We know that many grocery shoppers make impromptu purchase decisions while pursuing the multiple competing food products in each grocery aisle. There is a need to enhance products beyond traditional packaging features such as color, graphics and shape in order to keep them fresh and appealing to consumers.
Visual cues, such as eye-catching and attractive design, might have been at the forefront of the food product experience, but contemporary grocery shoppers now expect an integration
of sensory elements. While the looks of a package may initially spark a consumer’s interest in a product, it is how it feels in the hand that can impact the desire to purchase. Potential buyers are drawn to the tactile sensation of packaging. For instance, if packaging has a soft or silky feel, it can suggest that the product is luxurious or of high quality. Packaging is no longer about being seen but also about being felt, guaranteeing that touch is undeniably a significant part of the grocery shopper’s experience.
A study by the California Institute of Technology1 reveals that the activity of our orbitofrontal cortex, where sensory integration and decision-making are processed, is linked to our willingness to purchase products. Tactile food packaging appeals to the sense
of touch through weight, texture and softness, potentially swaying how we will perceive the product. In offering potential buyers the experience of synaesthesia, a phenomenon where one sensory experience will trigger another, tactile-focused food packaging enhances the ability to engage the senses and influence purchasing decisions. Through touch, the product’s emotional and intellectual messages are effectively conveyed.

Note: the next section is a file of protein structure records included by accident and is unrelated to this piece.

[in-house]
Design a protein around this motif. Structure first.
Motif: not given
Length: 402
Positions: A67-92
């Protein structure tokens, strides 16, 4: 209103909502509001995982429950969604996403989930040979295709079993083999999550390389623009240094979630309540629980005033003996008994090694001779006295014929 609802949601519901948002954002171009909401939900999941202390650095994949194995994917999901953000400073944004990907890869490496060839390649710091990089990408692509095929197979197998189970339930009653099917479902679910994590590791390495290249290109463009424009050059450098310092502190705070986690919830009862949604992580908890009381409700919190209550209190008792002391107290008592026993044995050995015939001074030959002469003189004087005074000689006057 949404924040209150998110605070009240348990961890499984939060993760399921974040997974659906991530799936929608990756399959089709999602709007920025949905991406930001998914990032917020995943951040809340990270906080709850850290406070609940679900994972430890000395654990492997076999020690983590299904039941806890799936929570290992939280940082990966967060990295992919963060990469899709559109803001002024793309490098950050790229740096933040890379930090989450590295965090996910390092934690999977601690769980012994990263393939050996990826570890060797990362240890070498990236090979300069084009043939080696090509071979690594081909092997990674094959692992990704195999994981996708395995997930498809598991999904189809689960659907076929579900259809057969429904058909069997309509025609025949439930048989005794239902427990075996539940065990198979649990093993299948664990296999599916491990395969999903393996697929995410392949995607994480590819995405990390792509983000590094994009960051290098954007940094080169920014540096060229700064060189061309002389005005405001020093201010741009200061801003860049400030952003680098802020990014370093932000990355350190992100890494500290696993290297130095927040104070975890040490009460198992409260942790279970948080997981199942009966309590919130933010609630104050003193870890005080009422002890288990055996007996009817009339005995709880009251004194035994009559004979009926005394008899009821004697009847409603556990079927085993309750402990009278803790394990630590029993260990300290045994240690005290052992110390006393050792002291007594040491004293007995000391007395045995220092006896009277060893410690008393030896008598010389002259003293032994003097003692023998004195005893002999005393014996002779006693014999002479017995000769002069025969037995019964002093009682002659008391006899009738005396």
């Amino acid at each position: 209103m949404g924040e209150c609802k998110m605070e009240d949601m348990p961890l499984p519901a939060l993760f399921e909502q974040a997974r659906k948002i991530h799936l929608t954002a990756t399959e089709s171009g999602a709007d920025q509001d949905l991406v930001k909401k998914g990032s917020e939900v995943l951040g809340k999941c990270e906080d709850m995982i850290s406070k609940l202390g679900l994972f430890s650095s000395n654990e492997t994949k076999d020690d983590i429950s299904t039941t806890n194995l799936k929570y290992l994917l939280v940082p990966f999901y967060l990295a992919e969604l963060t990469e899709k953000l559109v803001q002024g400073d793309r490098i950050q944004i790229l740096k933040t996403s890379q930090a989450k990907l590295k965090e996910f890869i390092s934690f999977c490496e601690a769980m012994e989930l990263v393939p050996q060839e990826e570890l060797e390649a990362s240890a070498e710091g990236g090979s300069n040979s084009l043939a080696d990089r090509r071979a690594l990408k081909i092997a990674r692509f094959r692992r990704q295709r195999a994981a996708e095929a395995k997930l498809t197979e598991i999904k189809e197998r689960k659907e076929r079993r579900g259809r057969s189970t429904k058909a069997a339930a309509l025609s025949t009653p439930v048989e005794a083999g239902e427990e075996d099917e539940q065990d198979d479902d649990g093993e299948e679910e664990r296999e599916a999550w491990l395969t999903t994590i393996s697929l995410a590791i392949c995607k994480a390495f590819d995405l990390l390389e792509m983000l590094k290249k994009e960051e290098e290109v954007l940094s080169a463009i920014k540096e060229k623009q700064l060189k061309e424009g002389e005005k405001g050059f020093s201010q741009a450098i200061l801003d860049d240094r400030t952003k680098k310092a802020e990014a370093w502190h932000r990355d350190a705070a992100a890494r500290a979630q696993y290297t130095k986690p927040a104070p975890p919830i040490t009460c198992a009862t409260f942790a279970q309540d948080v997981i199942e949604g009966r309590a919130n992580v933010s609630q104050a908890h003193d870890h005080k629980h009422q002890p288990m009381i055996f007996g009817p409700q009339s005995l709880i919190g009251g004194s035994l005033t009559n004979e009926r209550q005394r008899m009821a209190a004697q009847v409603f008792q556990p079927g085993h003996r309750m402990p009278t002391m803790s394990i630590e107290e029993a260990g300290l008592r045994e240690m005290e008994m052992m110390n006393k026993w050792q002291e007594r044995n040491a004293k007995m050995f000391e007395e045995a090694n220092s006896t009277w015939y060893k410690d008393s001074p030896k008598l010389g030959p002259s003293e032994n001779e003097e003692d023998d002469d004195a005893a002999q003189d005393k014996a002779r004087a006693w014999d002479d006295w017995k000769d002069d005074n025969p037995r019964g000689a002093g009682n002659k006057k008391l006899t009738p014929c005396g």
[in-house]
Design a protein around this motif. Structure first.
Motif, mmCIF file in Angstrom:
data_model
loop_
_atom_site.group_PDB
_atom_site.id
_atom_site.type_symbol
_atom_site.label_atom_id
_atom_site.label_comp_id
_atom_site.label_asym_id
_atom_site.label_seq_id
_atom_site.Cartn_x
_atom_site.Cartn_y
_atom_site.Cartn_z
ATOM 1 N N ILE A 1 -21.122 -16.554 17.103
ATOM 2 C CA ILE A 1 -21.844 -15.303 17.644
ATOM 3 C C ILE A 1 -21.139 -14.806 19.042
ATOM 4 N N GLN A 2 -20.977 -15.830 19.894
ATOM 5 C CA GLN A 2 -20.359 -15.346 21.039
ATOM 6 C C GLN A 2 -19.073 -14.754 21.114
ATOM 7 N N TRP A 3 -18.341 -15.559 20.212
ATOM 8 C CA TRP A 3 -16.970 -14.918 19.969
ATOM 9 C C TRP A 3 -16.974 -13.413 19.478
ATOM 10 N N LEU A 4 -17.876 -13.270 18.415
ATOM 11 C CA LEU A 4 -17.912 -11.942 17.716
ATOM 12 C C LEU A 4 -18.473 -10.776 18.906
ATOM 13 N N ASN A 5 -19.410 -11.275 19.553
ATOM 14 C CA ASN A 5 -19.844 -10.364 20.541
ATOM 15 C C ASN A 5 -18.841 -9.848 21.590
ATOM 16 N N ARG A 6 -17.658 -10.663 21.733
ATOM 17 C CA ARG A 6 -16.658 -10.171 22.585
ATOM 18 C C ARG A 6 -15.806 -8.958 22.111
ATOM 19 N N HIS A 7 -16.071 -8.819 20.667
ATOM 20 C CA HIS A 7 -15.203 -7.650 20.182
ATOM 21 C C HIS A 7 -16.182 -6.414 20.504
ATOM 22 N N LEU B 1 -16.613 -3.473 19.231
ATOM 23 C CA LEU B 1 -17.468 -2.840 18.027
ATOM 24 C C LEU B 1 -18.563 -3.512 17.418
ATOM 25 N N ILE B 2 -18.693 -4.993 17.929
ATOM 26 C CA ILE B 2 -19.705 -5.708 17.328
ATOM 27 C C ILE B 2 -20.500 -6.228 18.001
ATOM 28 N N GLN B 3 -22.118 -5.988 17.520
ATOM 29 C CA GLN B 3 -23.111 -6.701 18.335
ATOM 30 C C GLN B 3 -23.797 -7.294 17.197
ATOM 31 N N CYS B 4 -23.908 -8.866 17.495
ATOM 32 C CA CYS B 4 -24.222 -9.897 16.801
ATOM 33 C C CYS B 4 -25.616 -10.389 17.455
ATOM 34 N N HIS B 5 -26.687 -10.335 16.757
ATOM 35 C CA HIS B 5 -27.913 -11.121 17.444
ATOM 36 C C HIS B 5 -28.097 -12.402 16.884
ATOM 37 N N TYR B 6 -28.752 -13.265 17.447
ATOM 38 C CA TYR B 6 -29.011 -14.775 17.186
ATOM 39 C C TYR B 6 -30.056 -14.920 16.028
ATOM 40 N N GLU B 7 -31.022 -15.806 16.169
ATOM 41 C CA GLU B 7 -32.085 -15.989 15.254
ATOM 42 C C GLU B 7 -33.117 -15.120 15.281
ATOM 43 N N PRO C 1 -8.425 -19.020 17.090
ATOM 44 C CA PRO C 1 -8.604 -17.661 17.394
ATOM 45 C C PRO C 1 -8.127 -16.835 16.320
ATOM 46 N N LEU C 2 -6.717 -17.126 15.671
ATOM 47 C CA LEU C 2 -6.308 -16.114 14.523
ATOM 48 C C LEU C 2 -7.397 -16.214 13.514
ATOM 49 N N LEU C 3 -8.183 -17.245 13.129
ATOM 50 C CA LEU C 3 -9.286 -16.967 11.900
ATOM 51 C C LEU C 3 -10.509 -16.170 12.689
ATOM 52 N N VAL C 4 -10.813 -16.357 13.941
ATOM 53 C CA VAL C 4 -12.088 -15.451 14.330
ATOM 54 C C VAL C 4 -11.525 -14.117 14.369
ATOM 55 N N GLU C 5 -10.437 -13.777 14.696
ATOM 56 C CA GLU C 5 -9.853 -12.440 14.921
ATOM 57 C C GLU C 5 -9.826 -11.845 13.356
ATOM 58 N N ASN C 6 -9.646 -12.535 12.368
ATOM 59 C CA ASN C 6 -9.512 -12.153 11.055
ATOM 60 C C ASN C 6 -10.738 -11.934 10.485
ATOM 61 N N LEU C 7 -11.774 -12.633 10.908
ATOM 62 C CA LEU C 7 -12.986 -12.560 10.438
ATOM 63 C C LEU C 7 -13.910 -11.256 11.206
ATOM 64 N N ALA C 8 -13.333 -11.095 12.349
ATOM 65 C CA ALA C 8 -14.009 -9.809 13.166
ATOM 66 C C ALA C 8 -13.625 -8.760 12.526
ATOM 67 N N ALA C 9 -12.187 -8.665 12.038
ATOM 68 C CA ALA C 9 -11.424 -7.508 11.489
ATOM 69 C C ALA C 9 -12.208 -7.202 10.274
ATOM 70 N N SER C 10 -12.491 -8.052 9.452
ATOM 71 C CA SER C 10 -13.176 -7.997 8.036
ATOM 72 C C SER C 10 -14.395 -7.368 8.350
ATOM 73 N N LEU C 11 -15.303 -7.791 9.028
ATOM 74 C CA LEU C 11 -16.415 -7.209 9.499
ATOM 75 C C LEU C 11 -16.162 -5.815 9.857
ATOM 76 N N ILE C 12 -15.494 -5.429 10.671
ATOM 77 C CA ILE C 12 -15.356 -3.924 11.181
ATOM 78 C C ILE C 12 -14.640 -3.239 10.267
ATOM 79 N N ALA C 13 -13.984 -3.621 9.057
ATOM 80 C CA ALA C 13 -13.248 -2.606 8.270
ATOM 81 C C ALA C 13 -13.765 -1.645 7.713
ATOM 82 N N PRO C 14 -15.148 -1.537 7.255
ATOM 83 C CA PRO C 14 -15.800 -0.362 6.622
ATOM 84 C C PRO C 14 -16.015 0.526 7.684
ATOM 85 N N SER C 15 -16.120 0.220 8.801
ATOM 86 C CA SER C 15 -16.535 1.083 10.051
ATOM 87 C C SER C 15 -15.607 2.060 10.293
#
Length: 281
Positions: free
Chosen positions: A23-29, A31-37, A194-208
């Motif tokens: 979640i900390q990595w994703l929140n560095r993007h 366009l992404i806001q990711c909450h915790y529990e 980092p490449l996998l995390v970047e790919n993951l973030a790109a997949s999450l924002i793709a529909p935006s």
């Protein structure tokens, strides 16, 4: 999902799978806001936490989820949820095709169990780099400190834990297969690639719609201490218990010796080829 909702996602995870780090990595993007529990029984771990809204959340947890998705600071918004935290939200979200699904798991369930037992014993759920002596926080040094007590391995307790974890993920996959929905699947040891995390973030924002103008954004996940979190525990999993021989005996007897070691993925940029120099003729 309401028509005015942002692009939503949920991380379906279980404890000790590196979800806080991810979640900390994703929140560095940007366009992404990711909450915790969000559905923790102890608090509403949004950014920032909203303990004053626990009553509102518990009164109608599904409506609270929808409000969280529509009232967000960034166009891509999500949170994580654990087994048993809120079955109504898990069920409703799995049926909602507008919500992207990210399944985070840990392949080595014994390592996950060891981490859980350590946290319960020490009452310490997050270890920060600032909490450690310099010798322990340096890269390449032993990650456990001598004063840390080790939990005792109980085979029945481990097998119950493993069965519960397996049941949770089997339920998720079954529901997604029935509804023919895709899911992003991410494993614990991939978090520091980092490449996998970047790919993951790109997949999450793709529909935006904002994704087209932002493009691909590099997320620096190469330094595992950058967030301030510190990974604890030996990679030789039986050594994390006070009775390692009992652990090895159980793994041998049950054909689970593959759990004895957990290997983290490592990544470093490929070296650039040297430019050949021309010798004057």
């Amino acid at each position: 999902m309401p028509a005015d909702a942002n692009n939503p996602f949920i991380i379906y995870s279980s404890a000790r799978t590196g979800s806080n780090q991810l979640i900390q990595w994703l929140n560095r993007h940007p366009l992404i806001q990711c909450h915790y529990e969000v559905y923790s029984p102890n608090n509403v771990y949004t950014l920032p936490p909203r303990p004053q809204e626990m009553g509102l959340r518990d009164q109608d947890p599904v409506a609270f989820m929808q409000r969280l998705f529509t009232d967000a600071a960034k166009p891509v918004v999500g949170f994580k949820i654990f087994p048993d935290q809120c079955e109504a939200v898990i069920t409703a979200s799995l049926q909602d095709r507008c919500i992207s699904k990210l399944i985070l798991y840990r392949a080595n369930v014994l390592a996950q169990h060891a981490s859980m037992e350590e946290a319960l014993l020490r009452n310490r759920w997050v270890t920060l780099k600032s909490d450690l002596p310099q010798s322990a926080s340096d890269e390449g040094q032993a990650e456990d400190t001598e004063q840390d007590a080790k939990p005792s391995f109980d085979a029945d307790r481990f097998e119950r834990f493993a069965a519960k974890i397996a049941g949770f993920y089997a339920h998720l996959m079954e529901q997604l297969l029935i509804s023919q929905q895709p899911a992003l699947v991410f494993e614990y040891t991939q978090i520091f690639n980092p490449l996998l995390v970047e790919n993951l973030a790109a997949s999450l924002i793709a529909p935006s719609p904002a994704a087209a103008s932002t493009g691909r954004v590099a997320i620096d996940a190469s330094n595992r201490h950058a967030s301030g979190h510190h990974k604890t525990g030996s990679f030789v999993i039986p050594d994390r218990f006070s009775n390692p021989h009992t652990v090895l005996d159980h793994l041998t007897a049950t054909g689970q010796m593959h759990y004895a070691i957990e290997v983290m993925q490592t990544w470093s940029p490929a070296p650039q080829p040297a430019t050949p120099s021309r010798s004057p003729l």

Take a fruit smoothie carton, for instance. Depending on the fruit ingredients included, the packaging may mimic the slightly waxy feel of a red apple, the fuzziness of a peach, or even the smoothness of coconut flesh. Sensations such as waxiness, fuzziness or smoothness suggests the freshness of the fruit used in the smoothie. The advancement of packaging technologies means that tactility can now come in many shapes and forms. From rubber-like sensations to embossed surfaces, there are a myriad ways for the food product to elevate the shopping experiences of potential buyers.
Tactile food packaging not only takes away the reliance on solely visual cues, but differentiates the product by offering a more nuanced experience in its consideration of how and why a product should feel the way it does. Despite the higher cost and longer production time, it is obvious that most grocery shoppers will find products with tactile packaging more appealing. In the future, tactile packaging, along with methods to reach the other senses of scent, taste and auditory, may be considered for a wholesome product experience.